ST. LOUIS — Patrice Bergeron wins the faceoff and Jake DeBrusk retrieves the puck for Torey Krug, who waits just long enough for Bergeron to set up and shoots it at his stick for a textbook deflection goal.
This is the Bruins’ masterful power play at its nearly unstoppable best.
Boston scored with precise efficiency on all four of its power-play chances in a 7-2 rout of St. Louis in Game 3 and is the biggest reason the Bruins lead the Stanley Cup Finals 2-1 going into Game 4 Monday night.
“It’s just the creativity and guys stepping into certain roles, certain spots, and we fill in for each other,” Krug said. “When we’re on and we’re in sync, we’re a really dangerous unit.”
Toronto, Columbus and Carolina already figured that out in the first three rounds, and St. Louis needs to develop a solution or this series will be over quicker than Krug can move the puck.
Boston’s playoff-best power play has converted on 35.9% of its opportunities and could be the first unit to finish over 30% in the postseason since the 1981 champion New York Islanders.
Photo: Jamie Squire / TNS
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Boston head coach Bruce Cassidy is a power-play mastermind who can spot trends and flaws as well as any coach in the NHL. After the Bruins scored on two of their 10 power plays in Games 1 and 2, he noticed a hole in the Blues’ penalty kill, made some adjustments and, boom, Boston scored four power-play goals … on four shots.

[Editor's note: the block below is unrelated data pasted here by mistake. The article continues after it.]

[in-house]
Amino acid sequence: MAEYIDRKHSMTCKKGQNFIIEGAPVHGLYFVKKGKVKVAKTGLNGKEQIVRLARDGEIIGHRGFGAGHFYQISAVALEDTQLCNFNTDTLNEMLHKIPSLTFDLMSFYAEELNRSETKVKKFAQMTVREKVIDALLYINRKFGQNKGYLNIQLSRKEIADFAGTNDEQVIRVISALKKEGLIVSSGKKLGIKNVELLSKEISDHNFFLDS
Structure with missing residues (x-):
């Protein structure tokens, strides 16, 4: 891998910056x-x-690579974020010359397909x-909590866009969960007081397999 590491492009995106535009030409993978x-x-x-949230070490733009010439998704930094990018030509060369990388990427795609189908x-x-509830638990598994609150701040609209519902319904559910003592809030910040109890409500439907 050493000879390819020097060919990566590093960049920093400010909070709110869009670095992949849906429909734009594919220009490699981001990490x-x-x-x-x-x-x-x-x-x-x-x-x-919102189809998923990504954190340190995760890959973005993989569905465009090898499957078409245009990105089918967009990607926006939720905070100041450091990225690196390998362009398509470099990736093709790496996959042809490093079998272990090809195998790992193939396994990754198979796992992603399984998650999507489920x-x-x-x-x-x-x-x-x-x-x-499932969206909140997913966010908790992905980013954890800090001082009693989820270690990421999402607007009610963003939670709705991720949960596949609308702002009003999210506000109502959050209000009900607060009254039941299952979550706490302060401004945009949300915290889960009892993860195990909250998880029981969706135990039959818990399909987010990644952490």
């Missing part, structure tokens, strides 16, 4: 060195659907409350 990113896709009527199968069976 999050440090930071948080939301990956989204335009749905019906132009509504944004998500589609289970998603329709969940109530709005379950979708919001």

Cassidy said his power play operates differently from a lot of other teams’ because it relies more on puck movement down low than a blast from the point.
St. Louis penalty killer Ryan O’Reilly noted the Bruins worked more from Krug at the point in Game 3 and it caught them off guard.
“I have to be better in the circle taking those faceoffs to not give them any easy opportunities,” O’Reilly said.
Stephen Whyno is an Associated Press writer.
This post was originally posted at https://www.sfgate.com/sports/article/Bruins-power-play-makes-life-difficult-for-13917912.php.